- 1st exchange: A woman's power
- 2nd exchange: The perils of feminist angst
- 3rd exchange: The trouble with marriage
- 4th exchange: Are we really getting behind the veil?
- 5th exchange: Can a million women achieve what the military hasn't?
- Final exchange: 42 countries wanting to implement 42 plans
Sally Armstrong, journalist: Hi Sarah. False eyelashes? Poor little rich girls? What goes on here? The plight of the women of Afghanistan is not about being so rich that you're not allowed to go out and be exposed to the wide world. It's also not about how hard your daily life is: The average Afghan family has seven children - no matter how you cut it, that's a lot of laundry, cooking, negotiating and dawn to dark work.
What their lives are about is Hamidi's throw-away line in today's instalment . She speaks of "the ugly, cultural, negative and backward customs." Never mind who these horrific habits are carried out by, she's referring to tribal law, forced marriages, child marriages (when nine-year-olds are betrothed to 65-year-olds) and the ritualistic abuse of women. All of it is brutal, illegal and it simply has to stop. This clinging to a primitive past is what's holding the entire country back. I wonder why the international community dismisses this as none of our business.
Over to you.
Sarah Hampson, Globe columnist: The story of the plight of Afghan women reads like a feminist's nightmare. But that, I think, can easily become part of the problem: that we can fall into the trap of projecting our own feminist angst onto the lives of women half a world away. I am not saying that we shouldn't pay attention or try to help. The resolutions in the Afghan constitution about equality between the sexes are important. (And the tragedy is they do not seem to be making much difference.)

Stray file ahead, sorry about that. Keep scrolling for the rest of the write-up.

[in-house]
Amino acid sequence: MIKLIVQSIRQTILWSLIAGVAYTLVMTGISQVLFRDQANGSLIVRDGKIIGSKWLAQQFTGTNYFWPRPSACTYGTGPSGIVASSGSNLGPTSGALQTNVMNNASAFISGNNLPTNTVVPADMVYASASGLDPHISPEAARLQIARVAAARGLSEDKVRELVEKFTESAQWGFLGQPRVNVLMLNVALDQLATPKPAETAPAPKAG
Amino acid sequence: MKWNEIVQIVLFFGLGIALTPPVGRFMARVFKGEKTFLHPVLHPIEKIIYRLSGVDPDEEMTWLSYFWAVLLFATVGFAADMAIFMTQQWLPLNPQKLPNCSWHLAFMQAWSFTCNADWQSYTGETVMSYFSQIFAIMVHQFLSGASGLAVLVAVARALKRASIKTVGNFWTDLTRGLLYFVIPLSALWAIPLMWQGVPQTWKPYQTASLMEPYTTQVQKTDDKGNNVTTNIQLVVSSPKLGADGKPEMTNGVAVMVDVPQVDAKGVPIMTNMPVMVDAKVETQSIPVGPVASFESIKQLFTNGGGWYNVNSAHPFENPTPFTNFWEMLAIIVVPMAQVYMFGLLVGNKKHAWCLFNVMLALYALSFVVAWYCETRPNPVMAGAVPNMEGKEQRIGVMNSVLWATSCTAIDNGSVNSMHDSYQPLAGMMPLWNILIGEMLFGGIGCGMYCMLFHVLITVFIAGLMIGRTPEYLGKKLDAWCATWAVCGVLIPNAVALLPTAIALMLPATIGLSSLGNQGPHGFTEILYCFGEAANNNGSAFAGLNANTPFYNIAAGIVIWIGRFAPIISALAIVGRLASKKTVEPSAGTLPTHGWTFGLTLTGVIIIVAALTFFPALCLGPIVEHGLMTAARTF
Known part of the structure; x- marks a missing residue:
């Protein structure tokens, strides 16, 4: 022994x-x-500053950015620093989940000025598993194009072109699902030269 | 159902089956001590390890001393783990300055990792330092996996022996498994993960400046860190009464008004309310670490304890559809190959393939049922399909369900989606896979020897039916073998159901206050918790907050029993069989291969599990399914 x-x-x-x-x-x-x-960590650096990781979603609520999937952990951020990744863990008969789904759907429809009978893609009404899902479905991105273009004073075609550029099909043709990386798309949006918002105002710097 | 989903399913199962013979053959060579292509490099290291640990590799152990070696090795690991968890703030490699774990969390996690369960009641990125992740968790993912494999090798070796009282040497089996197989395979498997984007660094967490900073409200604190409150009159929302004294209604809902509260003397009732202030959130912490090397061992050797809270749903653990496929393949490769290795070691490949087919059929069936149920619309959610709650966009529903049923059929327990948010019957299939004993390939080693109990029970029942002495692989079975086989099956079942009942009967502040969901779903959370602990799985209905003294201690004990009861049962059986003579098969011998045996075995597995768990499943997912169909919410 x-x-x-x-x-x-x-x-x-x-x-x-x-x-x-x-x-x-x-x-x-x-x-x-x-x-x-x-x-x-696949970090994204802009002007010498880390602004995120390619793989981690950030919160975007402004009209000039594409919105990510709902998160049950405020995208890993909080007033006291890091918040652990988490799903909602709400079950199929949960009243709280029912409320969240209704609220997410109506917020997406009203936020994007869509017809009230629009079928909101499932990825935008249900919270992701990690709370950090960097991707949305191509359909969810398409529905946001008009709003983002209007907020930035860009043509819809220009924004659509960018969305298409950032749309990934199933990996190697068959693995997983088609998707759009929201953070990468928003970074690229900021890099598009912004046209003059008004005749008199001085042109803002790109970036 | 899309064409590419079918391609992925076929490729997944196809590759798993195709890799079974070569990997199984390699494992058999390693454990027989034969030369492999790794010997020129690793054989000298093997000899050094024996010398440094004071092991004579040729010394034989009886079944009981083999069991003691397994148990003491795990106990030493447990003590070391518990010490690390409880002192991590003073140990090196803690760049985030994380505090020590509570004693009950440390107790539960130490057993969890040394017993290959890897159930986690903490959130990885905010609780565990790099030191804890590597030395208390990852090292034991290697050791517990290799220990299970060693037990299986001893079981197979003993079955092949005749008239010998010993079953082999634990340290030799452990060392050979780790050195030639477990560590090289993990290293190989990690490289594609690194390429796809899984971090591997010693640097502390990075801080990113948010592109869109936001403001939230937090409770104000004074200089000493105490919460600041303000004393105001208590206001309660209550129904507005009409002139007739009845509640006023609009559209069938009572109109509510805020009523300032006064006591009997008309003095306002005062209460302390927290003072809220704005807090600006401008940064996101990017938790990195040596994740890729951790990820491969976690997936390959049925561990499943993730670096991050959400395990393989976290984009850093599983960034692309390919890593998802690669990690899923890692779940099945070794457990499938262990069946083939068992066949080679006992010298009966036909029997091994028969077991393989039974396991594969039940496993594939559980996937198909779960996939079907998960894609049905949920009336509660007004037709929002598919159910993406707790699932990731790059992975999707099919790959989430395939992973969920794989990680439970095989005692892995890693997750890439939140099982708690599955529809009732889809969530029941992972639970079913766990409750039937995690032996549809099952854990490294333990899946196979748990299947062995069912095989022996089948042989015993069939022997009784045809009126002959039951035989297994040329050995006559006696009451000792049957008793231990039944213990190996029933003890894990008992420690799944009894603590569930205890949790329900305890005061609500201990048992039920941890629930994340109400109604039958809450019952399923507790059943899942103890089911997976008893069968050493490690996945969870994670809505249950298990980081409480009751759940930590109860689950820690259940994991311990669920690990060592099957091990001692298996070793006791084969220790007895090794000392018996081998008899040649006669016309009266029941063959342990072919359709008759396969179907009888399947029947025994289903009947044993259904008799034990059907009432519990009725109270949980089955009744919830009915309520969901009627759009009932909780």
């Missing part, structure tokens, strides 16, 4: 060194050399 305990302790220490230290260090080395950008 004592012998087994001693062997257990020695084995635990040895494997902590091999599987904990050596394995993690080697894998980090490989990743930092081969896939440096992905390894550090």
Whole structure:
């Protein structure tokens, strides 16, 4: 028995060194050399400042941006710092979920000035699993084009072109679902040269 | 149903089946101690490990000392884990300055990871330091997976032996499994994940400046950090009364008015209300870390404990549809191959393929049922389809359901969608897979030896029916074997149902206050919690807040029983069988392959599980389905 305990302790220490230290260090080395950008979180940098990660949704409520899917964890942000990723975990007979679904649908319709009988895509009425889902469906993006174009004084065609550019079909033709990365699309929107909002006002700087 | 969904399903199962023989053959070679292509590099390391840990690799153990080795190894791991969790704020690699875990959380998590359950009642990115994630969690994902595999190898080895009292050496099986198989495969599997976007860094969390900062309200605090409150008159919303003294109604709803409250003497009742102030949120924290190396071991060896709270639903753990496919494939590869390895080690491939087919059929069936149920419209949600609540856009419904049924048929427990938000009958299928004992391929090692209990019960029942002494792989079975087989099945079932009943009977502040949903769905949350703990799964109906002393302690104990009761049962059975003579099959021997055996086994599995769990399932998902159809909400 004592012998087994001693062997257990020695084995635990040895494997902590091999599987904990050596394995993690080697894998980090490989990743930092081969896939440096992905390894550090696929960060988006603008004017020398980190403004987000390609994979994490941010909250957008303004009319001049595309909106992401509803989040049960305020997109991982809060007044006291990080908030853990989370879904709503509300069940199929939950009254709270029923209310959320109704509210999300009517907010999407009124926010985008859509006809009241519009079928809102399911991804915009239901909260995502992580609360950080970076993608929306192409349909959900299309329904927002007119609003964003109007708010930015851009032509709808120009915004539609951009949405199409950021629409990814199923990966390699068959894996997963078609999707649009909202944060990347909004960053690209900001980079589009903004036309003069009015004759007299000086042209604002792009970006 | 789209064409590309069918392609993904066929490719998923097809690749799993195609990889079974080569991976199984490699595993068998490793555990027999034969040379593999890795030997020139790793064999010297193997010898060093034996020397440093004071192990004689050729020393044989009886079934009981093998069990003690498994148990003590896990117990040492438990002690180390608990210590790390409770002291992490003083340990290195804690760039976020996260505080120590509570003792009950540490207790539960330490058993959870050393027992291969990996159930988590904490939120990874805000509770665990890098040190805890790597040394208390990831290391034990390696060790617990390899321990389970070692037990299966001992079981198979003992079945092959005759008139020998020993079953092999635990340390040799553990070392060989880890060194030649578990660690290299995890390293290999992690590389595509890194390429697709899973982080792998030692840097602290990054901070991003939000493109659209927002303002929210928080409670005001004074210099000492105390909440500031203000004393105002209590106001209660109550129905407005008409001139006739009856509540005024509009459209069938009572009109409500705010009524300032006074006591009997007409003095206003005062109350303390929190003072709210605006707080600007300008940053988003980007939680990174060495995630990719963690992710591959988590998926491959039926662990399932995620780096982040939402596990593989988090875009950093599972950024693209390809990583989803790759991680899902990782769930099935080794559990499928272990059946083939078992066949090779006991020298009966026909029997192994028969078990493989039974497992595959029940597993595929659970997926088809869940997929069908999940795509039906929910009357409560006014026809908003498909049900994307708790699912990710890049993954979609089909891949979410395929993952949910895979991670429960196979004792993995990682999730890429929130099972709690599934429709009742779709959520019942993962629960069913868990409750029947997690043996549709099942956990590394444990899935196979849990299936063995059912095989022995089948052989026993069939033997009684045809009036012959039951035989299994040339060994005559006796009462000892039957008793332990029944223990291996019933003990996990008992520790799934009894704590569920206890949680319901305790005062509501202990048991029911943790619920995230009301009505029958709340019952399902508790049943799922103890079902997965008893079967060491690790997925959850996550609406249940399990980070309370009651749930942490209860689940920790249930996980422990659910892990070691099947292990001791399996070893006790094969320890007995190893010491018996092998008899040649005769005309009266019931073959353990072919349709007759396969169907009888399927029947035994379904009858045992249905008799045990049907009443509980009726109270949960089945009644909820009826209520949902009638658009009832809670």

But we can get sidelined in the discussion if we are simply worrying over the fact that the mothers have to do all the laundry and the cooking and work, outside of the home, if they should be so lucky as to have "open-minded" husbands who let them venture out to an office as Suhaila, the 39-year-old mother of five, can. Even in good ol' Canada, there are many mothers and wives who complain of the same "household conditions," if you will. And it's always dangerous to talk about women who are "wasting" their lives because they are stuck indoors, having babies and cleaning. As my colleague, Jessica Leeder, writes in today's story, the women who are wealthy enough not to have to work do not see their lives as bad. That is where feminist projection can be a waste of time and energy.
We should not be judging the content of other women's lives - that is what makes Western feminism so internecine and counter-productive - we should be trying to ensure that they have the choice to be educated. That's where the expression and loss of hope in the child bride, Sitara, 15, who talks about men seeing women as no more than slaves, just breaks my heart.
How can these resolutions for equal rights be enforced?
Sally: When I first started covering this story in the fall of 1996, I did some self-censoring - reminded myself that projecting our own lifestyles on the lives of other women is a mistake. But as time went on I realized the story wasn't about that at all. It's about ancient customs that brutalize women and girls and presumptions that defy explanation.You ask how equal rights can be enforced. Consider one of the best-known tribal laws called " bad."
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